A working mother, Melissa Ronaghan finds both aspects of life critical to who she is. Essential to each role is hard work, the people involved, and the learning opportunities along the way.
Melissa Ronaghan kept expecting a revelation—a moment when she’d realize her career destiny. “I had a naive notion that I would figure out exactly what I wanted to be, but I was interested in so many different things,” says Melissa, Head of Morgan Stanley’s Wealth Management Investment Platforms.
Today, this managing director is experienced enough to know that it’s not the job or the title that’s most important. Rather, “it’s all about the people you’re working for and with,” says Melissa. “I learned early in my career to ask myself, “Am I working with good people who can teach me, challenge me, and empower me with responsibility?”
Melissa grew up in Harrison, N.Y., not far from her office at Morgan Stanley’s headquarters. She’s quick to point to family as one of her strongest influences. Her father, who grew up in a large family that struggled to make ends meet, was drafted into the Army. When he returned from Vietnam, seeking control over his destiny, he committed himself to education. He earned an MBA, which led him to leadership roles at Albert Einstein College of Medicine. Her mother, a mathematician who took a pause from her career to raise her children, emphasized the importance of education just as much as Dad did. Melissa’s older sister found her “passion for polymer engineering in high school and followed that to become a world-class expert in her field,” says Melissa of her “role model.” Her brother was always extremely interested in science and computers, so she definitely had an education focused-family.
While Melissa longed for that similar career tug, she did discover a broad interest in business. “The many elements of strategy and market dynamics had me curious,” she recalls, “from consumer product companies to Wall Street.”
Valedictorian for both eighth grade and her high-school graduating class, Melissa took her academics seriously, rounding them out by playing sports, co-editing the student newspaper and playing flute in a band that traveled the country for competitions. “I learned as much from everything I was doing outside the classroom as I did inside,” she says.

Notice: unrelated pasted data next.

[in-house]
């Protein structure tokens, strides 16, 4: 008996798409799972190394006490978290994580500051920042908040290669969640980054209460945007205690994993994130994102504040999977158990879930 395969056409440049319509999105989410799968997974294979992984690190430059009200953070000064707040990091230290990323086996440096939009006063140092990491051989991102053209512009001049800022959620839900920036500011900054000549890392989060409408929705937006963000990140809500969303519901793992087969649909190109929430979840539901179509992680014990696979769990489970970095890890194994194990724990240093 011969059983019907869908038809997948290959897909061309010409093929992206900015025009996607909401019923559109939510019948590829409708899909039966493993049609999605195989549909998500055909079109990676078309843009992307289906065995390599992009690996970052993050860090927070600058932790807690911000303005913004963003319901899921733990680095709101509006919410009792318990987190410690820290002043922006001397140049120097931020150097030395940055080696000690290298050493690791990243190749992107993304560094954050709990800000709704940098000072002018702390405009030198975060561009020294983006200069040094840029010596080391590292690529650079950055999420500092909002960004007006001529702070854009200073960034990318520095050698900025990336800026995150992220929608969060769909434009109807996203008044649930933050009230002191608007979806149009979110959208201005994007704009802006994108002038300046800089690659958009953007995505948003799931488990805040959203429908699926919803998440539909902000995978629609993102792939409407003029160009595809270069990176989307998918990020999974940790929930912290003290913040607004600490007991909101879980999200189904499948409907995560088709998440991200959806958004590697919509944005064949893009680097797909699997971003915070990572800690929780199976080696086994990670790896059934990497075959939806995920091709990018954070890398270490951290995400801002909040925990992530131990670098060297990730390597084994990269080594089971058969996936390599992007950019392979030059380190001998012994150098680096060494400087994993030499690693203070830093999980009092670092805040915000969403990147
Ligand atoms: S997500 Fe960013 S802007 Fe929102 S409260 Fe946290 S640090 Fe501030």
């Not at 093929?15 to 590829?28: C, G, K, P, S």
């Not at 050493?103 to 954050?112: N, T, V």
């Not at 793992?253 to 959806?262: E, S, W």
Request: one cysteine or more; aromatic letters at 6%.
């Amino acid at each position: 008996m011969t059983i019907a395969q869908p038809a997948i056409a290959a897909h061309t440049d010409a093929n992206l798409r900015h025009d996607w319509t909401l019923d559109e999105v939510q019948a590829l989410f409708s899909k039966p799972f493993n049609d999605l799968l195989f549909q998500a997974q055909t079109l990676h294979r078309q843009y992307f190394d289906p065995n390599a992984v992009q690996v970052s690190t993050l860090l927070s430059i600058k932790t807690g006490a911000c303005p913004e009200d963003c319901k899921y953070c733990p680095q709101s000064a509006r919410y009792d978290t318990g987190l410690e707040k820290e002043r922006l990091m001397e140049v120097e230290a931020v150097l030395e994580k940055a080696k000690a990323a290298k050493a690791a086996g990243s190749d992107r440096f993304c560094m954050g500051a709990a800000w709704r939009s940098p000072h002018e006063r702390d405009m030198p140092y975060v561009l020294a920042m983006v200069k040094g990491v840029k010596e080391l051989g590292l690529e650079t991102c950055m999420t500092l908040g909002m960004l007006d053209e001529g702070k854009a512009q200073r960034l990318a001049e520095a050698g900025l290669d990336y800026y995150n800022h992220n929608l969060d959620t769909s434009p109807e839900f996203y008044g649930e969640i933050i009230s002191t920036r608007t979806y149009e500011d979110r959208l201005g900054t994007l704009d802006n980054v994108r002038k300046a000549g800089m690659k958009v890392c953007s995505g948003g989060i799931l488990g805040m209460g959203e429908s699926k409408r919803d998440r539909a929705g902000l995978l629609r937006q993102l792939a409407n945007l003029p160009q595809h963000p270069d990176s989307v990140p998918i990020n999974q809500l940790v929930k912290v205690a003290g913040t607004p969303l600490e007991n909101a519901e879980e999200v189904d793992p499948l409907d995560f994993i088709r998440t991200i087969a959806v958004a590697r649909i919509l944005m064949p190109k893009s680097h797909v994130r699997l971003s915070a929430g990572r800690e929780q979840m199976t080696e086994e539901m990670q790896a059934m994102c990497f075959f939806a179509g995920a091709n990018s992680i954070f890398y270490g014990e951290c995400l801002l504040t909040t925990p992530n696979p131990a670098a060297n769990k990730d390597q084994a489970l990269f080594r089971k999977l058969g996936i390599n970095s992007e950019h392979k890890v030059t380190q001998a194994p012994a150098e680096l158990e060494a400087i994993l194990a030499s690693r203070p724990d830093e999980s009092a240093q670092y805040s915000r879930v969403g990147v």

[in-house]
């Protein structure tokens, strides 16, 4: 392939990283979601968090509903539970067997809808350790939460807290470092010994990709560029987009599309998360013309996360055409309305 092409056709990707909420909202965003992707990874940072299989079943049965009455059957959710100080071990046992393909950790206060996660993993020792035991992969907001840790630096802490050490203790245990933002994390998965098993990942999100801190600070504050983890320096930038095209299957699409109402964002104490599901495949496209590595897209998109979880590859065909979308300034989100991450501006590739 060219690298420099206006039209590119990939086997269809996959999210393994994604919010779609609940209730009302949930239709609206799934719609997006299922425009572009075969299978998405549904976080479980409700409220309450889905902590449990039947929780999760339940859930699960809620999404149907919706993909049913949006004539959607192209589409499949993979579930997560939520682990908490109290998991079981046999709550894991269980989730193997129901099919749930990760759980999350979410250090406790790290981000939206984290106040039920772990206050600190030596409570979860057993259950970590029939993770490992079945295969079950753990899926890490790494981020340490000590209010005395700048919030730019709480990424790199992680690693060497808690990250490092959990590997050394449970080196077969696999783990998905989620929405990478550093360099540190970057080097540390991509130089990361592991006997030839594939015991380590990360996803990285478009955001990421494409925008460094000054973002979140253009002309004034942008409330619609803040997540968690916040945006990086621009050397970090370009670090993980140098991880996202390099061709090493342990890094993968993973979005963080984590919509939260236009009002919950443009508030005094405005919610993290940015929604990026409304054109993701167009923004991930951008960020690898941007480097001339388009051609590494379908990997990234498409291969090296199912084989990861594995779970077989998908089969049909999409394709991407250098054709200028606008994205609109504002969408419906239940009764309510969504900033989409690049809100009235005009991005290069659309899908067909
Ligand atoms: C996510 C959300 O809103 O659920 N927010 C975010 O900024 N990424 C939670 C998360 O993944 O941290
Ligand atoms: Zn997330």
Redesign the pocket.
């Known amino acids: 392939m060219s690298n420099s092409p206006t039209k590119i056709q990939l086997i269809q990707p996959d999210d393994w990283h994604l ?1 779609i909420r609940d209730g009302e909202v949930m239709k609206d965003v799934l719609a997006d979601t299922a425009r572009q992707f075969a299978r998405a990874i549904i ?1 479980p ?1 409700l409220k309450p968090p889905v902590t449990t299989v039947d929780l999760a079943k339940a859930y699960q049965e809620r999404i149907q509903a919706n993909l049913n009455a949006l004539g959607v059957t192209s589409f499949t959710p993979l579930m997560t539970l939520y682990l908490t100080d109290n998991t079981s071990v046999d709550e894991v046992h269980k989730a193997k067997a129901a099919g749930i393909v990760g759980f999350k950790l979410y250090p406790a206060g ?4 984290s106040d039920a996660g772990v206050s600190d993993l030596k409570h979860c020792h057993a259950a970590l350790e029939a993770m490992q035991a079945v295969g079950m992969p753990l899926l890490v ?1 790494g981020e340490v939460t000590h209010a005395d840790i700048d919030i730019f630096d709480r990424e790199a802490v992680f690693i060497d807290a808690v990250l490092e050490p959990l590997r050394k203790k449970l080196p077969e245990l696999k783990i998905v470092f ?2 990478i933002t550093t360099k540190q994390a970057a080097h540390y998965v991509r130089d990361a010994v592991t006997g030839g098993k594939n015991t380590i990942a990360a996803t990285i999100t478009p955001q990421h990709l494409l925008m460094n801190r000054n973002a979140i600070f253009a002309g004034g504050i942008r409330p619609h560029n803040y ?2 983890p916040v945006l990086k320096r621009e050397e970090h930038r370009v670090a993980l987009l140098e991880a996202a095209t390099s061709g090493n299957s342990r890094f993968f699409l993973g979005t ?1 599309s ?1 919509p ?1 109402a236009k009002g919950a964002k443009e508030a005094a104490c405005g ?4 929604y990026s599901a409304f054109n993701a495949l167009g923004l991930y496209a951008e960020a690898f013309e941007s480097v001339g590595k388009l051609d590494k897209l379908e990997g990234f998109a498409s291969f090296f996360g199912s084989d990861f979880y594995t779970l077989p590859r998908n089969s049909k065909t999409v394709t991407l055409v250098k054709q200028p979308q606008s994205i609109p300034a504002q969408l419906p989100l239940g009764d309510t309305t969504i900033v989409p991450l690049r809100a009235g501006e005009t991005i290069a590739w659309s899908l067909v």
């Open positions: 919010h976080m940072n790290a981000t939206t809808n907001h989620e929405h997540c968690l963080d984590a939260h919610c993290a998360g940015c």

Melissa went on to the Wharton School of the University of Pennsylvania, where ‘the more I dug into how businesses were run, the more interesting it became.” After graduating with a degree in economics, finance and marketing, she became a business analyst at McKinsey & Company, where she learned “so much in terms of structured problem solving, strategic thinking and how to approach key business questions.”
Her intrigue and curiosity led her to a position at Merrill Lynch, where she was as drawn to the people as she was the business opportunity. “I respected them and trusted them to challenge me and help me grow.” This included Andy Saperstein, who now co-heads Morgan Stanley’s Wealth Management division. When he moved to Morgan Stanley in 2006, he encouraged her to come along. Nearly 13 years later, Melissa looks back on her various roles, from field management to chief operating officer of the managed accounts business that led to her current position driving the Firm’s technology strategy for both advisors and clients. She’s also a member of the division’s operating committee.
“Each of my roles has been a phenomenal learning experience,” she says. “The ability to take the knowledge gained and capabilities strengthened in one role to a different part of the business have been a critical driver to my success and a very rewarding experience.”
Yet her biggest role has been that of mom to her three young children. “My career is really, really important to me, but I would not be the professional that I am if I didn’t have them in my life,” she beams. “Likewise, I wouldn’t be the parent that I am if I didn’t have my career. Both are critical to who I am.”
Melissa is proud her children can see how much she loves her job, particularly her daughter. “She’s only 4 but has the strongest personality of anyone I’ve ever met. I think she could rule the world one day,” Melissa smiles. “I want her to grow up thinking she can achieve anything she puts her mind to with hard work and determination.” She’s one more reason Melissa is so honored to have been named a Morgan Stanley MAKER as part of a program that identifies and celebrates trailblazing women who keep pushing their careers forward.
As Melissa has learned, “a career is a marathon, not a sprint to any one path. There are disappointments and setbacks,” she reflects. “I’m so fortunate to have had a great support network. We all need those people, for advice or to get us back on our feet so we can lead and fight the next day.”
© 2018 Morgan Stanley Smith Barney LLC. Member SIPC.